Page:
If you're looking for something a bit unusual, perhaps boarding one of SeaSwift's freighter voyages may float your boat. They've been taking passengers on-board MV Trinity Bay for a few years now, allowing travellers to see Cape York from the deck of a small cargo ship. Recently they've also opened up Torres Strait voyages on MV Malu Titan departing from Horn Island (at the tip of Cape York). With space for just 8 passengers this adventure promises a voyage into waters few but island residents get to see.
For a more conventional cruise, Coral Princess II is a 35m small ship taking 40 or so guests into the outer Great Barrier Reef. The ship is small enough to enable mooring right on the edge of reefs, making it super easy for those who aren't really comfortable in the water. It's a rare treat to get this close to the Great Barrier Reef. Diving, snorkelling, glass bottom boat tours and excursions ashore to remote islands fill most days while nights are spent wining, dining and chatting with fellow passengers or chilling out on deck enjoying balmy tropical nights.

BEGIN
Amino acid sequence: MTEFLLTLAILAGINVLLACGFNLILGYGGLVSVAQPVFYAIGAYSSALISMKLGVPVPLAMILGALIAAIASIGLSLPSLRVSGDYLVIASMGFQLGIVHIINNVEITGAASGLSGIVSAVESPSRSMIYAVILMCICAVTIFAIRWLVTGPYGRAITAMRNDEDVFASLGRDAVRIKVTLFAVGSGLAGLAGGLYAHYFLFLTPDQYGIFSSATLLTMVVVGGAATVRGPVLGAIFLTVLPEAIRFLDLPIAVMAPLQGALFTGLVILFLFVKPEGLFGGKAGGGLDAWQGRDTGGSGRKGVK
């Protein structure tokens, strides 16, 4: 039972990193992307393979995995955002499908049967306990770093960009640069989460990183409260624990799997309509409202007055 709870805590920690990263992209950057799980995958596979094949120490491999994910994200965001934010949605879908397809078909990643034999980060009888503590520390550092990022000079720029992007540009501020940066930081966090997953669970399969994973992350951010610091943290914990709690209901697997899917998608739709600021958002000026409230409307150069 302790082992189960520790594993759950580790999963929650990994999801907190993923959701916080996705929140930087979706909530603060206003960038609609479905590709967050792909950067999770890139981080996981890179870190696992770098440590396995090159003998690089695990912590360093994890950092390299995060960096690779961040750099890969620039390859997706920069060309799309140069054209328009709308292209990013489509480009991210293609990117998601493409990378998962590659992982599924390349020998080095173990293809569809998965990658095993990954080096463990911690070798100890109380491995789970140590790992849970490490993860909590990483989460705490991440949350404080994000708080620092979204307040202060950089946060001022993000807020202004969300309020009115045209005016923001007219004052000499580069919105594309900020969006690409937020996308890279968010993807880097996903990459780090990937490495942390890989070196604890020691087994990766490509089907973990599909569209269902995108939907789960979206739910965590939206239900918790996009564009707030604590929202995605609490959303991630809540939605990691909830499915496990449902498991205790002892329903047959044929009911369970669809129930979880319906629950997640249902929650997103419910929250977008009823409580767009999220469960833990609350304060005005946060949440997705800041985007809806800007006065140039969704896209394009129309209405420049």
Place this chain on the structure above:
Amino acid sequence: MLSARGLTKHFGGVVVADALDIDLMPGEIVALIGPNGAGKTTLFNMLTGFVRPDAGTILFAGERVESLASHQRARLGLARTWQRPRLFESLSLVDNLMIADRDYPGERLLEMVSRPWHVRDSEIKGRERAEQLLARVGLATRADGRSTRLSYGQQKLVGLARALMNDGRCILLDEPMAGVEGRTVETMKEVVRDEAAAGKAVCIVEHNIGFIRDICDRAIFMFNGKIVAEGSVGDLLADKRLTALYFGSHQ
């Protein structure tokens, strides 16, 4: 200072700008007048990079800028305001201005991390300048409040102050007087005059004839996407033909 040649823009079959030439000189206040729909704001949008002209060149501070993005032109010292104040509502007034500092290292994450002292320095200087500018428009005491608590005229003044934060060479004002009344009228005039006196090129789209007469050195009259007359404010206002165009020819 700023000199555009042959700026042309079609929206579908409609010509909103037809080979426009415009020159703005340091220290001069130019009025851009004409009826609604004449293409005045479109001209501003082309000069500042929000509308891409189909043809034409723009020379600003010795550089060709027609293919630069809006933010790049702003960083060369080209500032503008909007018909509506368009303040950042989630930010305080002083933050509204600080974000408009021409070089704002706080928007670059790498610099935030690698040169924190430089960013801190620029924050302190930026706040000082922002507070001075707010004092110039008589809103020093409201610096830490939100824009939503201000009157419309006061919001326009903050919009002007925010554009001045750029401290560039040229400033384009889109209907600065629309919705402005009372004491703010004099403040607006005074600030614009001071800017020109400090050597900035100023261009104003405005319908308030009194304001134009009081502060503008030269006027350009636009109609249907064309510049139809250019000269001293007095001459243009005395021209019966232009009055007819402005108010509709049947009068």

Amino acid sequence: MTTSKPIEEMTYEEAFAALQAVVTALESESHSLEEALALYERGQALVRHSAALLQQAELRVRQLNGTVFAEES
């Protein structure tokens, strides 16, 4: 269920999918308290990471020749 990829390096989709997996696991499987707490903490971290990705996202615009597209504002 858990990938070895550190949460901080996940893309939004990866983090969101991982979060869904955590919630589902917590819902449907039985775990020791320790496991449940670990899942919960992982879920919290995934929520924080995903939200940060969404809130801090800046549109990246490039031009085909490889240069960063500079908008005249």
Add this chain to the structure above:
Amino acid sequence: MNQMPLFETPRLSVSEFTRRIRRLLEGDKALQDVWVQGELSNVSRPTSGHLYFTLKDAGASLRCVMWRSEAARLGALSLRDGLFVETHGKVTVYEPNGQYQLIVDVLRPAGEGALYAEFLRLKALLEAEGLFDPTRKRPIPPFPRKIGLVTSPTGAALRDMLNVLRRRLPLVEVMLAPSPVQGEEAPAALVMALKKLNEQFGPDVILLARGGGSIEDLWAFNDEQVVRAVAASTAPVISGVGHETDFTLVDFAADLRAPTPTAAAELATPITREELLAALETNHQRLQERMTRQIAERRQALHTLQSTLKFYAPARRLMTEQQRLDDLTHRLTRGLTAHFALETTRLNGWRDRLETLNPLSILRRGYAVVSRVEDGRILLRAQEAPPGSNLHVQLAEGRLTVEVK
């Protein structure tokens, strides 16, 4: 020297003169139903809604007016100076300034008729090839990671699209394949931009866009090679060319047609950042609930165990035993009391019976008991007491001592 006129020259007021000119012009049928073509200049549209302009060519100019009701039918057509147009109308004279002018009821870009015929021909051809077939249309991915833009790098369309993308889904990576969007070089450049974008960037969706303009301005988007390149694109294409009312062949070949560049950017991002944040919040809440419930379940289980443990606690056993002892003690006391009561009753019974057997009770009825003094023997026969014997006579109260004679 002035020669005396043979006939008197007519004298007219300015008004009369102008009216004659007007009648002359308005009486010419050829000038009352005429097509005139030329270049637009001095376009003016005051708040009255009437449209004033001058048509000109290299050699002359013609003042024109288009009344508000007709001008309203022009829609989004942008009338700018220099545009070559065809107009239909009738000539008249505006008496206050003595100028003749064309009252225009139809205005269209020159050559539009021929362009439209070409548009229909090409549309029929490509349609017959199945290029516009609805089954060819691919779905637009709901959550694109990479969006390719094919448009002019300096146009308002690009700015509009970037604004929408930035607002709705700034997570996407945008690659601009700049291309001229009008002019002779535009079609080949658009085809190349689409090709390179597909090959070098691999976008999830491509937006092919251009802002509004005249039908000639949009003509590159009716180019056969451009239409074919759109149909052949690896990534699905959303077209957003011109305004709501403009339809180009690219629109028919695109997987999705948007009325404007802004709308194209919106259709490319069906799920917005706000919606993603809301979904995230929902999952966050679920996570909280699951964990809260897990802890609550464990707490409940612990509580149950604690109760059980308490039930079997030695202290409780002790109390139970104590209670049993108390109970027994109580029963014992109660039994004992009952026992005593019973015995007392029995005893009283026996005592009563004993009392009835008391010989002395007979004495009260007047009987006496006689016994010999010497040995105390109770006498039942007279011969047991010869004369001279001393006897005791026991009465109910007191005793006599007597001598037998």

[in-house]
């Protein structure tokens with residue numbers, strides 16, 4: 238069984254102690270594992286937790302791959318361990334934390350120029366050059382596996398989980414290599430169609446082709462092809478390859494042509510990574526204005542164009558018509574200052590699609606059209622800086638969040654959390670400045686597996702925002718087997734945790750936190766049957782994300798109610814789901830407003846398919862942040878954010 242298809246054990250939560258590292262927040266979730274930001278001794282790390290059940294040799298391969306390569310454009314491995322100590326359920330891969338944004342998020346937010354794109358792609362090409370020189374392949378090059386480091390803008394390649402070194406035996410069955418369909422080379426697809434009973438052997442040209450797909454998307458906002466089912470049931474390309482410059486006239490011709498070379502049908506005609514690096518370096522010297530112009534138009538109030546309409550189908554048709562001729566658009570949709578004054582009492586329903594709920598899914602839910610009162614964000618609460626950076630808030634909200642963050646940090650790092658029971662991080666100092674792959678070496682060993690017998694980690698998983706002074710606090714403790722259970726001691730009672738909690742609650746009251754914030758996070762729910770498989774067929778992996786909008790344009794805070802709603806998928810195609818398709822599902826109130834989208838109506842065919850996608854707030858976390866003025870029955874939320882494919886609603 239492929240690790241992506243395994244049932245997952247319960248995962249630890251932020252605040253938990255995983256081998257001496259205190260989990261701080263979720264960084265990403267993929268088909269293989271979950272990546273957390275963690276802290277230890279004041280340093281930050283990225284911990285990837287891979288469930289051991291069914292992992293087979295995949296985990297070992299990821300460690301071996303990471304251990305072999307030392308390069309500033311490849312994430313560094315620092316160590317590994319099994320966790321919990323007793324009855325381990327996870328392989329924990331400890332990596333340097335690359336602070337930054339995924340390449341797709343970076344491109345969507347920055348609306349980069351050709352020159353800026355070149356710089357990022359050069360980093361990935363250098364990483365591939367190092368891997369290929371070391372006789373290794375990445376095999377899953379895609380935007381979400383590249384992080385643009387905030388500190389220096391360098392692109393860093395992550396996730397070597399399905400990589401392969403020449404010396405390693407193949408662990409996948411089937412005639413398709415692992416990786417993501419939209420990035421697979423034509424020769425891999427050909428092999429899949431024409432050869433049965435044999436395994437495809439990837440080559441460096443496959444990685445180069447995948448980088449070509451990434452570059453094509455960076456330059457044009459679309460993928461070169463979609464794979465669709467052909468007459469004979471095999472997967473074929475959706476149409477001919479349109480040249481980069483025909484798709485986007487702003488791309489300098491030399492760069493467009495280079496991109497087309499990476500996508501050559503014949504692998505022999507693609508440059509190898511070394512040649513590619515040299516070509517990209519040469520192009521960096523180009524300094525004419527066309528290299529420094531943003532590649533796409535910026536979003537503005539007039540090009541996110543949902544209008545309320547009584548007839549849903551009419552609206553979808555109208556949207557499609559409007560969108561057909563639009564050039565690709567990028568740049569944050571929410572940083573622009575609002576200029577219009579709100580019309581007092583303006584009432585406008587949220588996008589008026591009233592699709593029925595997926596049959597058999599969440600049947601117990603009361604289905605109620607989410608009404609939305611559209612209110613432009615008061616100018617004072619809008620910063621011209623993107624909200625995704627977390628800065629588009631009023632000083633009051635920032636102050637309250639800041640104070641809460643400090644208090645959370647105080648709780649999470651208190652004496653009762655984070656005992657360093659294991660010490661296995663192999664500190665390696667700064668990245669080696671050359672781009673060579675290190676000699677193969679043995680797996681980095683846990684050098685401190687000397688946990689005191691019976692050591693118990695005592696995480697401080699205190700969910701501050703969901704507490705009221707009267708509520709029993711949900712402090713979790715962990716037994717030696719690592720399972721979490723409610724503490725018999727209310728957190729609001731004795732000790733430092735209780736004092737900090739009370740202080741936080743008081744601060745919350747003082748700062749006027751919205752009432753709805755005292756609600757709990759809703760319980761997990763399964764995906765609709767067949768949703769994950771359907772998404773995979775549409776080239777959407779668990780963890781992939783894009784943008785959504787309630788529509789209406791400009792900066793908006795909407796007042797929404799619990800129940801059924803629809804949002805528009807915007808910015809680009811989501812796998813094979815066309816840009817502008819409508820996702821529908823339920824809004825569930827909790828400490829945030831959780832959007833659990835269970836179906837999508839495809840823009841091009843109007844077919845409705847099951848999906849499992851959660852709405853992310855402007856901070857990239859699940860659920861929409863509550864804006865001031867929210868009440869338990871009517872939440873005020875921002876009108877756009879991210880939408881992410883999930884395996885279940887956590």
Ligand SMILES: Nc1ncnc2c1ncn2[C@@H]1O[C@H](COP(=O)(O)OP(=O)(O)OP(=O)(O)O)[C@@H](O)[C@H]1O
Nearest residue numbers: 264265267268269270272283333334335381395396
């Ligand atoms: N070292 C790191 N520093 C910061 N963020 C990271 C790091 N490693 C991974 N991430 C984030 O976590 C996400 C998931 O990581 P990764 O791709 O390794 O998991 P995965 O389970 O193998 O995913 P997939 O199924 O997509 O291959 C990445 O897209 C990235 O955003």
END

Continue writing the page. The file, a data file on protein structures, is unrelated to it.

"Want to learn more about this amazing part of Australia? What Fiona doesn't know about her tropical north home isn't worth bothering about. She's just released her Great Barrier Reef : The Ultimate Guide in itunes. Packed with these juicy insights and more".
Sequins and Sand
Fiona Harper is a freelance travel writer specialising in travel boating and lifestyle genres. When not on the road checking out divine holiday destinations, she can usually be found bunkered down in a tropical location working on her next writing project.